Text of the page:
As a kid of the ’90s who loved going to Disneyland, never missed The Rock laying the Smackdown Thursday nights on WWE, and who was majorly obsessed with action adventures like The Mummy, this movie may have been made for me. Disney’s Jungle Cruise is a return to form for big movies with lots of heart, laughter, and a mighty dose of action-adventure that needs to be seen on the biggest screen possible.
Emily Blunt stars as Dr. Lily Houghton, who definitely upgrades the action-adventure heroic lead from the likes of Indiana Jones and Evelyn from The Mummy, into a class all her own. Blunt balances playing a daring risk-taker, whose also a vulnerable romantic on a mission, opposite Dwayne “The Rock” Johnson, who steps into a Humphrey Bogart swagger as Skipper Frank. The duo has insane classic rom-com chemistry with an action edge. I mean it’s The Rock and The Angel of Verdun so of course, count us all the way in!
The film follows Lily as she enlists Frank to guide her and her brother, McGregor (Jack Whitehall), downriver on his Jungle Cruise boat to help her find an ancient tree with flowers that possess unparalleled healing power, that could change the future of medicine. Their epic quest does dole out classic theme park jokes that whip by in the first act.
We do get an amazing classic skipper spiel from Frank, but as the story progresses Easter eggs do not become a crutch. It’s a great way to free up this Jungle Cruise to be its own story akin to the Pirates of the Caribbean franchise, if they so choose to continue these adventures. And it also sets up its captive audience to not anticipate the thrilling dark places director Jaume Collet-Serra goes to, as we follow our crew further down the river.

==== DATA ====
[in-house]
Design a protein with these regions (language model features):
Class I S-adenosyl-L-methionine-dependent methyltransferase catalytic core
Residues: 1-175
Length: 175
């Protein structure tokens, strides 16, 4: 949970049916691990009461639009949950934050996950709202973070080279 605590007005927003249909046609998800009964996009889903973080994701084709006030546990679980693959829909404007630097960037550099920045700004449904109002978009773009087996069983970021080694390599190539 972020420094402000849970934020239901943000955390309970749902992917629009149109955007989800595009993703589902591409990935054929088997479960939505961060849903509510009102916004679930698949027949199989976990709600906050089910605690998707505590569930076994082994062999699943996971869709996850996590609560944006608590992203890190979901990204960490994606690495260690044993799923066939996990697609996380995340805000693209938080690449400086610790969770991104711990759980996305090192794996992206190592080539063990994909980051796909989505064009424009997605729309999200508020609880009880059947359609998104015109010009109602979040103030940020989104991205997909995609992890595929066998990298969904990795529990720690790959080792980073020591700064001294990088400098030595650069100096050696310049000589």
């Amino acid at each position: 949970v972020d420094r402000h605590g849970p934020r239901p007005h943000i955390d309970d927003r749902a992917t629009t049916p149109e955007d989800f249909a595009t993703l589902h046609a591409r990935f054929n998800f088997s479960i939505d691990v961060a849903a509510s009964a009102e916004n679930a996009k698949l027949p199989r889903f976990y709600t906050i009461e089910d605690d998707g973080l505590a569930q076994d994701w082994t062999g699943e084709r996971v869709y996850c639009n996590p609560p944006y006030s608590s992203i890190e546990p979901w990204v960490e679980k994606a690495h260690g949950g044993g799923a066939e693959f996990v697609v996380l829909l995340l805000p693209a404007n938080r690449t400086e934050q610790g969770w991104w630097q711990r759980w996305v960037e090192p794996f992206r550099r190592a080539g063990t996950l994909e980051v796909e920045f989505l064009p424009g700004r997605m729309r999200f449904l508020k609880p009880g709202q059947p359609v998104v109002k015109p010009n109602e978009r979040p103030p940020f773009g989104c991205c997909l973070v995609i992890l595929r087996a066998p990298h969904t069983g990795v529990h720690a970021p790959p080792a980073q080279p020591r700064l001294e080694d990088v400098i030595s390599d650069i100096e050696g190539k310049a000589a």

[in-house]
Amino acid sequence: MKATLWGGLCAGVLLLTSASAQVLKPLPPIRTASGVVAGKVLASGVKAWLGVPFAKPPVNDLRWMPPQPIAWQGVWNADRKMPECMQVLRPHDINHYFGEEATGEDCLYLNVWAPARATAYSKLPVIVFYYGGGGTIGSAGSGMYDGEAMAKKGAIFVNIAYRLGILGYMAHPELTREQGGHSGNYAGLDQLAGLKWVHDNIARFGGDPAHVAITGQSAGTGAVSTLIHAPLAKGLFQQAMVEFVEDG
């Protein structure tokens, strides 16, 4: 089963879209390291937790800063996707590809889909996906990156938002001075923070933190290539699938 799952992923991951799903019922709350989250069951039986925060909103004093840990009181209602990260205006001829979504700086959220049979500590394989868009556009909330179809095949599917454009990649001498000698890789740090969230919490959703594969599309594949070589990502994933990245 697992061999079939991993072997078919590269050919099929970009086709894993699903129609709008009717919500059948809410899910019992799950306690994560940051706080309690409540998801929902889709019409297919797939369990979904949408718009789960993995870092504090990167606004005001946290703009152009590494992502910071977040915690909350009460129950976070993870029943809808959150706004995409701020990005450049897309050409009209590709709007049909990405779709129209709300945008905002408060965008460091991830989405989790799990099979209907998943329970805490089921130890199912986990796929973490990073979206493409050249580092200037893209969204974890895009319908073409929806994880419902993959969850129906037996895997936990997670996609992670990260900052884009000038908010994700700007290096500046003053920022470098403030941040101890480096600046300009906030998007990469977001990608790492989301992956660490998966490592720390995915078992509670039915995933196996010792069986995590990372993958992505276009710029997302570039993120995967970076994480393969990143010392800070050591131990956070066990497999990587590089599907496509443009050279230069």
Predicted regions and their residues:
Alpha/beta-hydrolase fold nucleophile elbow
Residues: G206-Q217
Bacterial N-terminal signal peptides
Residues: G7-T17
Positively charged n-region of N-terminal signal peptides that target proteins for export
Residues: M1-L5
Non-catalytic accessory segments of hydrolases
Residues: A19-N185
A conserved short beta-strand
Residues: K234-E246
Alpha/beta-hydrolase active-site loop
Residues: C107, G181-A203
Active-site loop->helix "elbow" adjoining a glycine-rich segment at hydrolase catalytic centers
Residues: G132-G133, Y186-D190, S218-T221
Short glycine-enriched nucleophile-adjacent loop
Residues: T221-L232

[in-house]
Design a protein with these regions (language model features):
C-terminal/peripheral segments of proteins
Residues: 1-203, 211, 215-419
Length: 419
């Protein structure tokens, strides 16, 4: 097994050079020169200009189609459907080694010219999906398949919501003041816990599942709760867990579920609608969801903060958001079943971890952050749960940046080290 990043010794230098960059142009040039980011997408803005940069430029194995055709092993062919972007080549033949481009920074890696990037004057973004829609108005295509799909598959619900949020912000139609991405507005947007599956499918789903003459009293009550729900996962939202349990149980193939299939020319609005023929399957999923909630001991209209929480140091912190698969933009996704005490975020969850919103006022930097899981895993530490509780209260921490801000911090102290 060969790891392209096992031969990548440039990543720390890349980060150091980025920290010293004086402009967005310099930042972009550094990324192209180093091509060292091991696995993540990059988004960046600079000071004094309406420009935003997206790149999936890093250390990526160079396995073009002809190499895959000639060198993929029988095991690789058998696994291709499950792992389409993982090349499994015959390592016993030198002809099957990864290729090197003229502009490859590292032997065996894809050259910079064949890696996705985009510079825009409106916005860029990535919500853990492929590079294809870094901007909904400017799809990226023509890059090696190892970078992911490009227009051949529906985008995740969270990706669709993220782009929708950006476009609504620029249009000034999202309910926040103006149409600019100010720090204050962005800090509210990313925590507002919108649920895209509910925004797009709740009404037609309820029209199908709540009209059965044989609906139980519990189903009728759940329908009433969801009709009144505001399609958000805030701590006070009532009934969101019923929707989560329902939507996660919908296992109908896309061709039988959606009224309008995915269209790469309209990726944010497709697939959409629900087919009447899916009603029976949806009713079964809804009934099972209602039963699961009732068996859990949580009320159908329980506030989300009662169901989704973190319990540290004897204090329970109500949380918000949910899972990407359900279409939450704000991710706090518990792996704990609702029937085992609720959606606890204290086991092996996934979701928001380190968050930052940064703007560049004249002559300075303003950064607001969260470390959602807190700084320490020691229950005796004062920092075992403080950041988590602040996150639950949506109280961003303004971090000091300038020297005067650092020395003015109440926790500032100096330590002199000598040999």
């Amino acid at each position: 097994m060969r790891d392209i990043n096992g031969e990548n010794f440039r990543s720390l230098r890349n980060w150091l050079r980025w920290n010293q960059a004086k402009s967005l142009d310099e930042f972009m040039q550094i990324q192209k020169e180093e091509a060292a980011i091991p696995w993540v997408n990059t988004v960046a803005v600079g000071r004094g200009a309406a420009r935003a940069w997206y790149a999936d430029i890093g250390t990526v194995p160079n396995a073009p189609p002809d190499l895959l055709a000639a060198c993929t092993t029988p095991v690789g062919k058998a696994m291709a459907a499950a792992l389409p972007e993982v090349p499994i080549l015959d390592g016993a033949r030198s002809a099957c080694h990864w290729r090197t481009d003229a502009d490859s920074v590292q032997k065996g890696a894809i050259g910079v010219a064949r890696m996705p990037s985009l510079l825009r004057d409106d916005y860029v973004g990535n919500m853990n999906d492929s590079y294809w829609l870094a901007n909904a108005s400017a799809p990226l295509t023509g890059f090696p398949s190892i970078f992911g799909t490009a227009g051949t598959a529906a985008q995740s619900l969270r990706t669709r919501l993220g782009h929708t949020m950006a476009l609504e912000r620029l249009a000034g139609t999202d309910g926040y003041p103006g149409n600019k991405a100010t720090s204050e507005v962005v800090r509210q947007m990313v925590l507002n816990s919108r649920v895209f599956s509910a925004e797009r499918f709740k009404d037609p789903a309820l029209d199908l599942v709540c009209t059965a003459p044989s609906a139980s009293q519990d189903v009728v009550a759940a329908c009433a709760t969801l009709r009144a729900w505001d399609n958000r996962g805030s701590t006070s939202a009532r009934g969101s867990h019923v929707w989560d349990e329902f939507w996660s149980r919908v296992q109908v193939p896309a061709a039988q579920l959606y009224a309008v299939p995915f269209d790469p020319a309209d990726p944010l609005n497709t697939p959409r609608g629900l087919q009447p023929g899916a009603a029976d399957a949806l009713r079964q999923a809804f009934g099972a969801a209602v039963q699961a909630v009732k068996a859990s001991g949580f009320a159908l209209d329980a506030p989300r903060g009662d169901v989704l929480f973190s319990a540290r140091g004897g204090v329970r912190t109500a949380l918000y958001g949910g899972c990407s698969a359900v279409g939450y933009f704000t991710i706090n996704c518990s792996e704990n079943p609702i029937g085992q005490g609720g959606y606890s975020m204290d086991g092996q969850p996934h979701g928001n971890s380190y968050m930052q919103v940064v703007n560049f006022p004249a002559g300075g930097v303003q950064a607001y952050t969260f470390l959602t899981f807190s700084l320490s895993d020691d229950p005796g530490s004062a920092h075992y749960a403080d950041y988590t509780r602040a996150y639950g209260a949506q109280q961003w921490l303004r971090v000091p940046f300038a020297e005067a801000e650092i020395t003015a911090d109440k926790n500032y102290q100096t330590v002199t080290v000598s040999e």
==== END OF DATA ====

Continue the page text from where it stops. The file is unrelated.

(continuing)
Dangers arise from the nefarious European Prince Joachim played by Jesse Plemons — in all his soon-to-be iconic, scene-stealing glory — as capable and cruel, with the perfect amount of creepy charm. Joachim chases Lily around the world to get to the tree in order to give power to evil forces set on world domination. He even enlists help from beyond in the form of a supernatural Spanish conquistador crew led Aguirre (Edgar Ramirez), a specter bent on revenge with a need to find the flower.
Aguirre’s dark past does touch upon violence against the Indigenous people of the Amazon, which was effective enough to see established in an initial flashback, but maybe too much (at least for this writer who is of indigenous descent) to see repeated when he returns. Especially considering their lack of active involvement in the eventual quest for the magical healing flower, which was theirs to begin with. Without giving too much away, it would have been awesome to see an iconic ride character who was re-imagined AMAZINGLY be given a moment to return to their home with a split of the “reward” for their people. Definitely, something I would be interested to see expanded upon in future movies!
Tons of ground was laid for future Jungle Cruise adventures. Johnson and Blunt are a team I would watch more movies of for years to come. Along with McGregor and other ensemble standouts who I would have liked to see more off, I cannot wait to see their stories unfold if the franchise takes off. And yes, I definitely wanted more connections to the Society of Explorers and Adventurers, but it remains to be seen if this film will at any point intersect with the eventual S.E.A show on Disney+.
Jungle Cruise hits the mark of the perfect summer blockbuster that’s powered by a stellar cast filled with heartfelt humor, high stakes, hints of horror, and a love for classic cinema. A fantastic journey adventure that needs to be seen in the theater with the whole family.